We begin a new series of personal articles written by Dennis
Tucker, publisher of Whitman Publishing and a member of the Citizens
Coinage Advisory Committee, providing insight to the CCAC’s
deliberations as its members review designs for U.S. coins and
medals. As way of introduction, Dennis explains: “My intent is to
educate the hobby community; there are a lot of collectors who just
don’t ‘get it’ when it comes to how coin programs come about, how
coin designs are made, etc. I think a behind-the-scenes look will be
very helpful for the hobby.”
This past Tuesday, September 19, 2017, I enjoyed a leisurely
breakfast with fellow Citizens Coinage Advisory Committee members
Thomas Uram and Erik Jansen on H Street in downtown Washington, D.C.
We were in the nation’s capital for a meeting of the CCAC. The
committee’s main agenda item: to review design proposals for five
upcoming America the Beautiful quarter dollars and one Congressional
U.S. Mint welcomes a fourth metal to the
American Eagle bullion program.
Also in this week’s print issue of Coin World, we teach our readers
about what a “weak-fatty” gold coin is and why you don’t want one in
Breakfast was relaxed because we’d started the morning early, well
before our 8:30 administrative meeting, giving us time to visit and
catch up over eggs, bacon, and steel-cut oats. Tom, a financial
adviser by trade, showed us photos of a large silver 1935 Met Life
medal that he’s going to research. It was awarded to a life-insurance
agent who sold a remarkable $100,000 worth of policies six years into
the Great Depression. Erik had shown us some “condition rarities” from
Ecuador — U.S. Presidential and Sacagawea dollars in very worn
circulated grades. These coins are rarely spent as cash in the United
States, so here we typically see them in nothing less than lustrous
Mint State or About Uncirculated condition. In Ecuador and El Salvador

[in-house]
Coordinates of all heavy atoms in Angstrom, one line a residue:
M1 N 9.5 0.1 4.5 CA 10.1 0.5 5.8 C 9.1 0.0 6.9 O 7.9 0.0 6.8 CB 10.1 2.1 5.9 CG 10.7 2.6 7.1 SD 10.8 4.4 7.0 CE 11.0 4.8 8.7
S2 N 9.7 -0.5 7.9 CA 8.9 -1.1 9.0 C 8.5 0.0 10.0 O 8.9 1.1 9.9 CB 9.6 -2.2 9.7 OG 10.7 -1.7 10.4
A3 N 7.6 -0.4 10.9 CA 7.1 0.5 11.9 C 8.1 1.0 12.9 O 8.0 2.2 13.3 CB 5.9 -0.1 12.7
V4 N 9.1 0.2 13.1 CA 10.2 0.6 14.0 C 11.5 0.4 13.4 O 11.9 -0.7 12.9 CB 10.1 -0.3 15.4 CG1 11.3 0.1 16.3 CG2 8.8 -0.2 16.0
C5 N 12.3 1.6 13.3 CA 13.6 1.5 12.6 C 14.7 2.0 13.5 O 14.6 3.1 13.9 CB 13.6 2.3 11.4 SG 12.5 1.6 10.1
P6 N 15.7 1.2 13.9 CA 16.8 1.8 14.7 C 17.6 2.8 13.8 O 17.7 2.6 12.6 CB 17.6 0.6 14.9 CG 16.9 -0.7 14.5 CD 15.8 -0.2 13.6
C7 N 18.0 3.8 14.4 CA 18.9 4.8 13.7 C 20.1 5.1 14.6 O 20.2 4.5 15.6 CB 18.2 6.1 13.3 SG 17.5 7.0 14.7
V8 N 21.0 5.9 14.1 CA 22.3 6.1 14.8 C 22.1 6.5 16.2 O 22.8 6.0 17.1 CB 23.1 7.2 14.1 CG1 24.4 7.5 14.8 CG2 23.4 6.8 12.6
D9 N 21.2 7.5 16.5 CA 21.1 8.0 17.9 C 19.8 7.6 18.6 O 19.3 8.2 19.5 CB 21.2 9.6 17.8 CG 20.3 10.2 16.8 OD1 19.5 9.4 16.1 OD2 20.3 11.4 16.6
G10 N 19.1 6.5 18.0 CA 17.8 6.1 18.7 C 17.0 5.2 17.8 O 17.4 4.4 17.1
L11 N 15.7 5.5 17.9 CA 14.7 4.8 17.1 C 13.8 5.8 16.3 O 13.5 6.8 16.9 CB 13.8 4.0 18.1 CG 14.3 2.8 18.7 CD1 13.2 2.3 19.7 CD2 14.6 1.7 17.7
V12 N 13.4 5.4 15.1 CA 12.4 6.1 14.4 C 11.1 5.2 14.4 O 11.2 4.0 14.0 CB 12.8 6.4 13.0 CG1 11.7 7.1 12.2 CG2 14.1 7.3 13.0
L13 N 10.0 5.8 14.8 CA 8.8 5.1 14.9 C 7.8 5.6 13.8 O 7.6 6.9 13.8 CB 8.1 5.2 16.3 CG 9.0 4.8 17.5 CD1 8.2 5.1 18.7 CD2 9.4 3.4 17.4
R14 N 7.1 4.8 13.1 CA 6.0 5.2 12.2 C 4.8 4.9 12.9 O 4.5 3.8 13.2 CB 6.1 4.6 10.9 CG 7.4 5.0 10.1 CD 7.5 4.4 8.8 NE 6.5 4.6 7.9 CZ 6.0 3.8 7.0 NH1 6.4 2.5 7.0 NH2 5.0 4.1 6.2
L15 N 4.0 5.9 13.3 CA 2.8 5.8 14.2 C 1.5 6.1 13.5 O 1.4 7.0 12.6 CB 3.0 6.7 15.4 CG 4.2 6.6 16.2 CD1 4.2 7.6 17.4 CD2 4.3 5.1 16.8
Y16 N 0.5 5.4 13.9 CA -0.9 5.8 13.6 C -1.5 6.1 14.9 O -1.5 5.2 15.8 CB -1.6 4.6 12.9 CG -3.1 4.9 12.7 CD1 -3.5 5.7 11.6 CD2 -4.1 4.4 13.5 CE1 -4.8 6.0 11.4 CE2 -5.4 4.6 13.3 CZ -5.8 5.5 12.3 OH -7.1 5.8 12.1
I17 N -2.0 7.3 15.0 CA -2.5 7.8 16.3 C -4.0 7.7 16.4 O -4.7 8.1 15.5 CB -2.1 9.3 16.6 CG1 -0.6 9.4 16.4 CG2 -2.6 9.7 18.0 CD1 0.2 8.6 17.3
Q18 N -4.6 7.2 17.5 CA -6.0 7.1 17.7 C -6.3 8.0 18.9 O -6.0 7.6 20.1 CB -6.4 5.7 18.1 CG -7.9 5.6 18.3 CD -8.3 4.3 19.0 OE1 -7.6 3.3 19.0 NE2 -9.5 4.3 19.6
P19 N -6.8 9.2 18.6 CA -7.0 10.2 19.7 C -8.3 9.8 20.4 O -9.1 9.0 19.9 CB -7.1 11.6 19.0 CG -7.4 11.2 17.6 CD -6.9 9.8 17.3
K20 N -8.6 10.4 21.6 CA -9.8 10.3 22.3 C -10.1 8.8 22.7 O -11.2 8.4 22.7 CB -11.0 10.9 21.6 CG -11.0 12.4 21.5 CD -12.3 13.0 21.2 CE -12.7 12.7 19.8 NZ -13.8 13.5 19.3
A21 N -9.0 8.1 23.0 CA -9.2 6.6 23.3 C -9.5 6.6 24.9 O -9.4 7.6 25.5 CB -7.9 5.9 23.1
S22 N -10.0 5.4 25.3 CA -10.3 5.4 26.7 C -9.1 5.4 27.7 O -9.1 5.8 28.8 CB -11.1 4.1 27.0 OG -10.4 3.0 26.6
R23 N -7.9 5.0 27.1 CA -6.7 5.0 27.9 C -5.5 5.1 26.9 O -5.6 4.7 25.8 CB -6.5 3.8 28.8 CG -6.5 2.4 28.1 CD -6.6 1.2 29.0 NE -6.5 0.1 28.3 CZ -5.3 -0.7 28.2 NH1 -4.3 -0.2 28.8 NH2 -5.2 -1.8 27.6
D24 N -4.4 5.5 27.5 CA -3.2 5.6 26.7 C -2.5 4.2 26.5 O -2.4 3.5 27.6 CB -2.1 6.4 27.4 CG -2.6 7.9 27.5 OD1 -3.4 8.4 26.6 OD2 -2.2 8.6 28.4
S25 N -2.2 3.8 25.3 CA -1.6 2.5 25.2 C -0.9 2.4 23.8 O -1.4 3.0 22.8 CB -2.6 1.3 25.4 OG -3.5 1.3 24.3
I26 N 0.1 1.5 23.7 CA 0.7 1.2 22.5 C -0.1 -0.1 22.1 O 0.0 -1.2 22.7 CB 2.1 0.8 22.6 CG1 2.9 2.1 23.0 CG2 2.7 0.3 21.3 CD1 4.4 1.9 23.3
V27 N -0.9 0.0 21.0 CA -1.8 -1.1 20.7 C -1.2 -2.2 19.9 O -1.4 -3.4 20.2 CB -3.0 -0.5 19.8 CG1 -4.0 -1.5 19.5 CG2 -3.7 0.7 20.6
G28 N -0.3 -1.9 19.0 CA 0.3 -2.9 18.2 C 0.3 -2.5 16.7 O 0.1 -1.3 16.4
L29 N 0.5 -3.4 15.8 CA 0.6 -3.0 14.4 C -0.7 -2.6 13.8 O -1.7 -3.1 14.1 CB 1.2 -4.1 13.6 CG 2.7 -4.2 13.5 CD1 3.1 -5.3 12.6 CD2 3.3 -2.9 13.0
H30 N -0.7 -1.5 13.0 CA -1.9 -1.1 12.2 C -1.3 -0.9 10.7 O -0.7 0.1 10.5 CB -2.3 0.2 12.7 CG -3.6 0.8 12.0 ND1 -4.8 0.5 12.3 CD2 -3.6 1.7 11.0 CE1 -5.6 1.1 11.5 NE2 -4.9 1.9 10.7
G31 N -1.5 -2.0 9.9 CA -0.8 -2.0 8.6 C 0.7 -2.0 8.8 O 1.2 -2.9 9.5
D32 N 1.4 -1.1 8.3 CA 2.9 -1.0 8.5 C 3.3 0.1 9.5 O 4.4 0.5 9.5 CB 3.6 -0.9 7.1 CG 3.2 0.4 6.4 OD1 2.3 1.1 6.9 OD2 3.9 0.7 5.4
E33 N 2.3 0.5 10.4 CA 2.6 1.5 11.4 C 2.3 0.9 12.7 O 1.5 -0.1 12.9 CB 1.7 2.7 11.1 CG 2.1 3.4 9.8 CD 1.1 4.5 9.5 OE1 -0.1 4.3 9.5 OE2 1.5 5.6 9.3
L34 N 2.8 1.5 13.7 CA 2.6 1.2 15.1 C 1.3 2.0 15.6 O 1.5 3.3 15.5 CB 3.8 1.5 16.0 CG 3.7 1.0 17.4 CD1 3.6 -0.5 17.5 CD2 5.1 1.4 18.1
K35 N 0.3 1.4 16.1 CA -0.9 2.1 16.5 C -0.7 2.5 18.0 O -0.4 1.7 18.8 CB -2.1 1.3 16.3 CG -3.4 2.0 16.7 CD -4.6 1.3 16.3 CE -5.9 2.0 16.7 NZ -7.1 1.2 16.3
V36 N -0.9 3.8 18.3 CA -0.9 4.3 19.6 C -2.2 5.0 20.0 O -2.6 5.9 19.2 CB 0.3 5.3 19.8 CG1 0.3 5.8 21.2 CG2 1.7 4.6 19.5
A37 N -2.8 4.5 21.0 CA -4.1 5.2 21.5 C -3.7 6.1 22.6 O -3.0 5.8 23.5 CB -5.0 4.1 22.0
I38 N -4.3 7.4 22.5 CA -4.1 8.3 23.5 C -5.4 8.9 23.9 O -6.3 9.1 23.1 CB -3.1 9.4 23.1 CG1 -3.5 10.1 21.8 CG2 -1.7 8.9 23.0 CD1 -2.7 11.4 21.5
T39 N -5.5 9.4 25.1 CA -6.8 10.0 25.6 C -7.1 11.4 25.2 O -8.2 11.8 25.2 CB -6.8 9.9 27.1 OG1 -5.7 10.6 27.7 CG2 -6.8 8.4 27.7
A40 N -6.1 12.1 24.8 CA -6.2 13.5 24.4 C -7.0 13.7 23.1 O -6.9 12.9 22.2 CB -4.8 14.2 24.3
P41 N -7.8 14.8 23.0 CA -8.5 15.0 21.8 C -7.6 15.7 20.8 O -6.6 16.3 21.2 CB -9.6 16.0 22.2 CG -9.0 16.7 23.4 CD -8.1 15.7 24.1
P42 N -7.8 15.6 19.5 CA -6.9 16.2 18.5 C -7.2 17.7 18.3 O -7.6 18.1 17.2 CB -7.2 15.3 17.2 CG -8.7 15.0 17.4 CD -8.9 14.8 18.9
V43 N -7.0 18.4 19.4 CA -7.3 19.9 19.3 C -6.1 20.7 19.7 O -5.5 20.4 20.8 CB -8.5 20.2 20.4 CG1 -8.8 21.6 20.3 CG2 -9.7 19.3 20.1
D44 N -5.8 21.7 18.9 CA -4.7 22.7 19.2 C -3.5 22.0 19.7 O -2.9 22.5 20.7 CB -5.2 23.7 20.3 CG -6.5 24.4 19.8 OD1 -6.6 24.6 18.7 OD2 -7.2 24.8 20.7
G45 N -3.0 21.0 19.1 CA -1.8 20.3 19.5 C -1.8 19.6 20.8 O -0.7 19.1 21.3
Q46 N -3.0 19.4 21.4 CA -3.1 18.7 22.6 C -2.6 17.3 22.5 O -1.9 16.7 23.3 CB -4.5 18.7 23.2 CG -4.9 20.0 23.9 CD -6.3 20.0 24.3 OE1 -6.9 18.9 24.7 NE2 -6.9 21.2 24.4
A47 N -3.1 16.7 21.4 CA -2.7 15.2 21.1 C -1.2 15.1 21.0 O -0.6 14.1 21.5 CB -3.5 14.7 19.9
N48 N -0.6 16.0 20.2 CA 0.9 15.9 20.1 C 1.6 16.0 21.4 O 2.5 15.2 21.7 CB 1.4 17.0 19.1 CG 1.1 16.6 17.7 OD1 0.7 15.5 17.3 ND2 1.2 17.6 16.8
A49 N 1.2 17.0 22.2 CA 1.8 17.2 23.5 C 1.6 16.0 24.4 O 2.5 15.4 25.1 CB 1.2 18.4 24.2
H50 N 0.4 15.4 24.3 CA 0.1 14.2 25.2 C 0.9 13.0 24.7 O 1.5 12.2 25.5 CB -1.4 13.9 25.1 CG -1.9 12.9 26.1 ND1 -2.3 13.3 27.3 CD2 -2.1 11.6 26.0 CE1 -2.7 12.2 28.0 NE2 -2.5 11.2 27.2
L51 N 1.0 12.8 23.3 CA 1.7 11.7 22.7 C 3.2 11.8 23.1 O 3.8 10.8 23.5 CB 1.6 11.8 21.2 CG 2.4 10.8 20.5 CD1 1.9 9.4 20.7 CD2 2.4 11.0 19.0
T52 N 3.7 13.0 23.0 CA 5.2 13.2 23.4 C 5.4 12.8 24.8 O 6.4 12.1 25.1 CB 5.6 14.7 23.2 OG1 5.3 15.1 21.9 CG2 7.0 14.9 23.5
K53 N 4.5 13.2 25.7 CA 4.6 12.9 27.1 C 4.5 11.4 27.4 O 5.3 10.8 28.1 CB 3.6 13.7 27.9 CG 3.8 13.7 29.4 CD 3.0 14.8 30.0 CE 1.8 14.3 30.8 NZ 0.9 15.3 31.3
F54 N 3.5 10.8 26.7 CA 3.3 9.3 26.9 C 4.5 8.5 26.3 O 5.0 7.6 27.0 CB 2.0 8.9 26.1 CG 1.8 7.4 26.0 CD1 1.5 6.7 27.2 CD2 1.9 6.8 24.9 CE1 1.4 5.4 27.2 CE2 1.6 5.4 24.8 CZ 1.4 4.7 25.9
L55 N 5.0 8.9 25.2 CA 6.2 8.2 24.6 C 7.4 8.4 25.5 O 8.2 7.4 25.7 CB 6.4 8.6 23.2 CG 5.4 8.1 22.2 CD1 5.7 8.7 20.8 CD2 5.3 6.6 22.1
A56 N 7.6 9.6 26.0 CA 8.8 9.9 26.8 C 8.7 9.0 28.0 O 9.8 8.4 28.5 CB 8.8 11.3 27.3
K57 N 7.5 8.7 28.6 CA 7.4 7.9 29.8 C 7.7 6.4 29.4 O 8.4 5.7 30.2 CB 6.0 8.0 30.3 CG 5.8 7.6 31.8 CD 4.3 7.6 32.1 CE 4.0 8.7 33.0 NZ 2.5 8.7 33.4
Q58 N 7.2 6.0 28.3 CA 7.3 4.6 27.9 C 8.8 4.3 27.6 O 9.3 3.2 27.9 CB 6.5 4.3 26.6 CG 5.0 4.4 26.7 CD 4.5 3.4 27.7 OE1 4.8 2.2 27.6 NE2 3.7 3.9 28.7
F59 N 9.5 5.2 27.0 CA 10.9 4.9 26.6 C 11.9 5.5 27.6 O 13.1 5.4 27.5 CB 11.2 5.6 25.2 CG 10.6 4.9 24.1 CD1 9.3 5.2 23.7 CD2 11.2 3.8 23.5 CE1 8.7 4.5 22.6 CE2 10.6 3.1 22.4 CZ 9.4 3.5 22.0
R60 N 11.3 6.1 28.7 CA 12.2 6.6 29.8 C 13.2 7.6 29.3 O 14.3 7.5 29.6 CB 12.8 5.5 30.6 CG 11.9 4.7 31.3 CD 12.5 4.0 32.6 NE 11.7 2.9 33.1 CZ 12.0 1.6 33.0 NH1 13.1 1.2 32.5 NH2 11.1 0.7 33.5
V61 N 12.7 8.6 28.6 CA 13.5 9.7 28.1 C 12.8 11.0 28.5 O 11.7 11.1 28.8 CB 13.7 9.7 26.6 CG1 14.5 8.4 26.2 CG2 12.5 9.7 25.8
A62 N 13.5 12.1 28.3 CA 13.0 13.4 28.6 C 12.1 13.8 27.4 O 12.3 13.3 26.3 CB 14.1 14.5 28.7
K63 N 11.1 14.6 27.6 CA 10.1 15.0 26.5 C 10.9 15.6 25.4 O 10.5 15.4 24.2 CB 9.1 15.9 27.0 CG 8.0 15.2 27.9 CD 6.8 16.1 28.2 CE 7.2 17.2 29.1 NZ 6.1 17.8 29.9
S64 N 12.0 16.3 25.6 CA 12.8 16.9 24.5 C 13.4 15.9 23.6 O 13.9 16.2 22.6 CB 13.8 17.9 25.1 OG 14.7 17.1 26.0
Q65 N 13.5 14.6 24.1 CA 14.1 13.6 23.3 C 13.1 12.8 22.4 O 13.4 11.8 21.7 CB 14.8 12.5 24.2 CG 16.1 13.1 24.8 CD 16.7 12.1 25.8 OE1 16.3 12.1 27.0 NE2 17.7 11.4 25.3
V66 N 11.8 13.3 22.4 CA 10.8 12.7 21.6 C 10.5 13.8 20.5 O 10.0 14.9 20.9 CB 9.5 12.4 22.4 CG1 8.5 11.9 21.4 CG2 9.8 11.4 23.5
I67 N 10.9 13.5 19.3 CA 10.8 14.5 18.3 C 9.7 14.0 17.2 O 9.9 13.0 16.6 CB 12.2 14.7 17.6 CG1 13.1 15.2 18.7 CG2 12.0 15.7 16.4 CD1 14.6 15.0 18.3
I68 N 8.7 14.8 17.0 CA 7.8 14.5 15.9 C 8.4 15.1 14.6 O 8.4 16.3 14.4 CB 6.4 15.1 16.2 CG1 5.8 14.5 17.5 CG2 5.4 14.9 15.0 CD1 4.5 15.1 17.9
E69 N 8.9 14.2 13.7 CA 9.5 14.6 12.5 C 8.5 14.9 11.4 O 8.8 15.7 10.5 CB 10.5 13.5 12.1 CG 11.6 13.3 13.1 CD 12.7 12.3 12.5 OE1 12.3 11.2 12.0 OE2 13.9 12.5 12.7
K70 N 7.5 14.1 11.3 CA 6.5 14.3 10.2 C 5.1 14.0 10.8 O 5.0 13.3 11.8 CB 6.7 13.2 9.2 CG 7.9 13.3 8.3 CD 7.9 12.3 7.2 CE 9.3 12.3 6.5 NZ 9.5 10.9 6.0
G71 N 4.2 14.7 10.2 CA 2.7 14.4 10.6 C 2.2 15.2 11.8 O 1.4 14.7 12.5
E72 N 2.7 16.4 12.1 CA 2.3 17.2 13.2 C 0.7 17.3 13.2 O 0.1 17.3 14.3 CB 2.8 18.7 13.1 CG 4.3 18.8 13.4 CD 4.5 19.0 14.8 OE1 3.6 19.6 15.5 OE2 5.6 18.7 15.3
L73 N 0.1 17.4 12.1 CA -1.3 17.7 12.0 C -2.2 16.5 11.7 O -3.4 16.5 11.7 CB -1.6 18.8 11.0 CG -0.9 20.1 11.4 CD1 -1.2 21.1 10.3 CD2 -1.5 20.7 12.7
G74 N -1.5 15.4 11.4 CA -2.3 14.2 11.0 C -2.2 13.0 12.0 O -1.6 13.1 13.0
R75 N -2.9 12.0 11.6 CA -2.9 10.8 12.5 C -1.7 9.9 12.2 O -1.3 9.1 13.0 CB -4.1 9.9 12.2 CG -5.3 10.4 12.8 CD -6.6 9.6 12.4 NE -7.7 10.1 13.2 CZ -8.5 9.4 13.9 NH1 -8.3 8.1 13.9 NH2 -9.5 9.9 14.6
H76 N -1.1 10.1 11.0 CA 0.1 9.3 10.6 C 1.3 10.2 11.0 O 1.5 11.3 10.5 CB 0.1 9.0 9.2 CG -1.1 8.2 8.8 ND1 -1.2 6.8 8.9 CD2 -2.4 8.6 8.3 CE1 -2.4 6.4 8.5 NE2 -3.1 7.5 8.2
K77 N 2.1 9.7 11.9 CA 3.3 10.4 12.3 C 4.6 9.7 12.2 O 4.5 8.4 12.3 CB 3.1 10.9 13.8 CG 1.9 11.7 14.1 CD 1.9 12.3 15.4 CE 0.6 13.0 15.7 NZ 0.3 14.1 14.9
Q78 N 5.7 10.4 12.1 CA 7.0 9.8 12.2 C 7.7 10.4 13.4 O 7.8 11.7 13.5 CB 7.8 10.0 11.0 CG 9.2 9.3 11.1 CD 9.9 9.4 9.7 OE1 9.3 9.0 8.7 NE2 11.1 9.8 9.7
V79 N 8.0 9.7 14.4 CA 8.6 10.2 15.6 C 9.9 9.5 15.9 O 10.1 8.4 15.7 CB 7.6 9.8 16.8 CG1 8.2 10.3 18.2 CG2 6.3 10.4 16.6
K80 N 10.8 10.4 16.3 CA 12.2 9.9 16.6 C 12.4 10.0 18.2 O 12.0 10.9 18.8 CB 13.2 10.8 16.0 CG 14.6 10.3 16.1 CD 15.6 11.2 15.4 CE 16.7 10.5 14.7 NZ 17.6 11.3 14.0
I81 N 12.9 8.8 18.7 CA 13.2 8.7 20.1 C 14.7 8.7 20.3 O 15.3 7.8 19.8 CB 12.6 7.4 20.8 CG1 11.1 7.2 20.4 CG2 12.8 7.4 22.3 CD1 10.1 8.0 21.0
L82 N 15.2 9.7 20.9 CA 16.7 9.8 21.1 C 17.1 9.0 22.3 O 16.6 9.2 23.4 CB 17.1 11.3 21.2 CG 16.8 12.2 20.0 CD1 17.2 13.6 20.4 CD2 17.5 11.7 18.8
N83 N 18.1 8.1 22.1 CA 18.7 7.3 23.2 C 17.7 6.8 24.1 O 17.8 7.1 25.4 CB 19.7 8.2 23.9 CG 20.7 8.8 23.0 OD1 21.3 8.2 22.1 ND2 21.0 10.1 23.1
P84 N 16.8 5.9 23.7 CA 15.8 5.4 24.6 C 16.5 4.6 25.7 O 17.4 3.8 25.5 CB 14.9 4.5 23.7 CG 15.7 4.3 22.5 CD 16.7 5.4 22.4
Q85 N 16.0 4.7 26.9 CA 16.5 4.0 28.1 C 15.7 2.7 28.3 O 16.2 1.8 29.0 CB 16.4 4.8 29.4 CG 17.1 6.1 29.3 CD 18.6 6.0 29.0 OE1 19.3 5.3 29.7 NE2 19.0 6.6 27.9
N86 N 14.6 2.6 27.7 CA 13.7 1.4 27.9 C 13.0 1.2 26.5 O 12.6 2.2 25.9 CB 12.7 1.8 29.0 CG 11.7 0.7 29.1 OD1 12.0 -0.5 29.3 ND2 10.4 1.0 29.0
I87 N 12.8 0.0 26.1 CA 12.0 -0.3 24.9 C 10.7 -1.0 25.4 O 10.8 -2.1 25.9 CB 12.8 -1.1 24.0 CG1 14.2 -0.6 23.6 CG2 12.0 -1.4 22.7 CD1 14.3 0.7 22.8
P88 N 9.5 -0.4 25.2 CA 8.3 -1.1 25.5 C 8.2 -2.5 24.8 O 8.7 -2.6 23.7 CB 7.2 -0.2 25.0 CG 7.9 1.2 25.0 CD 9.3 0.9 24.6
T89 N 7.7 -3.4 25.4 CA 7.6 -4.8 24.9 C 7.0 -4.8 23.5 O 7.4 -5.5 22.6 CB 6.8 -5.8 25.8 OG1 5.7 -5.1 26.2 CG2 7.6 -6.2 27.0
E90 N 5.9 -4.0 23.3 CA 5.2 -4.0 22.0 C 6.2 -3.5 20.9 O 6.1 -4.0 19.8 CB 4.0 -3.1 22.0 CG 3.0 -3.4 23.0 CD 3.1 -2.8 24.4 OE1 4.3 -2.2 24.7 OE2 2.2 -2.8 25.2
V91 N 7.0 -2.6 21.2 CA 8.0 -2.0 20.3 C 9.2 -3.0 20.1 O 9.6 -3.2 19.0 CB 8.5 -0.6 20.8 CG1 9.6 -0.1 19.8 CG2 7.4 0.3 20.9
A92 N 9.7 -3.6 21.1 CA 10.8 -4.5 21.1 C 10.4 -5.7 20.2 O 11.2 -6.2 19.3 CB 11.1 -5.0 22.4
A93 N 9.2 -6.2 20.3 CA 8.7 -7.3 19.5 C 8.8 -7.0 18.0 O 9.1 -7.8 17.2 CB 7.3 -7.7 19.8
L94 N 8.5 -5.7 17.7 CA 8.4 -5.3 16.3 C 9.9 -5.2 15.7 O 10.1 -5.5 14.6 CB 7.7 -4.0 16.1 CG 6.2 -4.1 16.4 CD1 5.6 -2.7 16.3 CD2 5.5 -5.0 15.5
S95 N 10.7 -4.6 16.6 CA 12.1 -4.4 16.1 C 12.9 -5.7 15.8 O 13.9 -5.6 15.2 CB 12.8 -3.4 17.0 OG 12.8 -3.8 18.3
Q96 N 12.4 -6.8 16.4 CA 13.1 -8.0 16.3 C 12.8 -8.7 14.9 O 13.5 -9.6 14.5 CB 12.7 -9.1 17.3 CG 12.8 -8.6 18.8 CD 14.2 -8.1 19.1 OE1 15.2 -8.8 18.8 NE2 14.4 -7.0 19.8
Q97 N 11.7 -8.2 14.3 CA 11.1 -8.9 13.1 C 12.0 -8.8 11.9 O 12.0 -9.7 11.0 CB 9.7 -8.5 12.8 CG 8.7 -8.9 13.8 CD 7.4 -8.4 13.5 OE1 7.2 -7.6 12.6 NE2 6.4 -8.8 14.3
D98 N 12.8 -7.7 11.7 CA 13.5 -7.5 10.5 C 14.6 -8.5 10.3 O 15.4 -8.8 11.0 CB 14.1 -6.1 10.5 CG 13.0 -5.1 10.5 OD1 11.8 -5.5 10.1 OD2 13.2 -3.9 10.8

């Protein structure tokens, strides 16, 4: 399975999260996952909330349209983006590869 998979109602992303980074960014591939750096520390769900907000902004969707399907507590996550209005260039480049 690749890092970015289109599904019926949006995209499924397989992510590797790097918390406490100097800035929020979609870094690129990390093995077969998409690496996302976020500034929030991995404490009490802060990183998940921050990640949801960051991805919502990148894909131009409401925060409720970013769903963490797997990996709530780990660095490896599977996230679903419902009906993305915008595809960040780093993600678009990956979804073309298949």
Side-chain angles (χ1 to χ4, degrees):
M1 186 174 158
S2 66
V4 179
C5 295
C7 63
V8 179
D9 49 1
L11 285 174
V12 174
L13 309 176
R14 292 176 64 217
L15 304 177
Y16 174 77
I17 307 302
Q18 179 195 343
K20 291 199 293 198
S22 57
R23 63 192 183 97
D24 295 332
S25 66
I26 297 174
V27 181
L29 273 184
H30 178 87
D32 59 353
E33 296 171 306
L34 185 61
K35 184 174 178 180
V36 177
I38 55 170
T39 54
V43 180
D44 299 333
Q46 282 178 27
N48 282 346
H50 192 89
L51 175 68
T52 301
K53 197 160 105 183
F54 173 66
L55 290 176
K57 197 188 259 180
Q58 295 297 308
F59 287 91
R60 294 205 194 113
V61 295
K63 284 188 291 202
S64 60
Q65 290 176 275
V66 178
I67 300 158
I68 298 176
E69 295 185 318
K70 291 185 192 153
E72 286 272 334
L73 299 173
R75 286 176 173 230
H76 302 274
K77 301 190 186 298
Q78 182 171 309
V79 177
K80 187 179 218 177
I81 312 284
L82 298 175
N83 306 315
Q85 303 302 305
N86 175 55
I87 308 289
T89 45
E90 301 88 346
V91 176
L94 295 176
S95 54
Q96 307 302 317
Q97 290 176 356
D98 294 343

they’re actually used as day-to-day currency, so they get worn down
like any other pocket change. I shared with my breakfast companions
the story of a small collection of Franco-Prussian War satirical
tokens I recently bought. They lampoon the defeated French emperor
Napoleon III, showing him wearing a German spiked helmet, or chained
with a collar marked SEDAN (the scene of his military defeat and
capture). Some of the tokens depict him with a cigarette in his mouth
— the emperor was a notorious chain-smoker, said to have been seen
nervously puffing tobacco as his armies were routed by the Germans.
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After coffee we walked a couple blocks down to United States Mint
headquarters on Ninth Street. The entire committee (except for member
Kareem Abdul-Jabbar, who had a schedule conflict) assembled with Mint
acting deputy director David Motl, Mint counsel, program managers, and
others in the eighth-floor board room, for our 8:30 to 9:30 admin
meeting. At 10:00 we moved to the second-floor conference room where
we were joined by members of the press and public, with Mint medallic
sculptors Phebe Hemphill and Joseph Menna on the phone line from
Philadelphia, and several National Park Service and other liaisons
present as well.
After some introductory business, we jumped right into our review of
the America the Beautiful coin design proposals for 2019. The sketches
were made by Mint artists (and Artistic Infusion Program artists)
based on earlier guidance from the CCAC, the U.S. Commission of Fine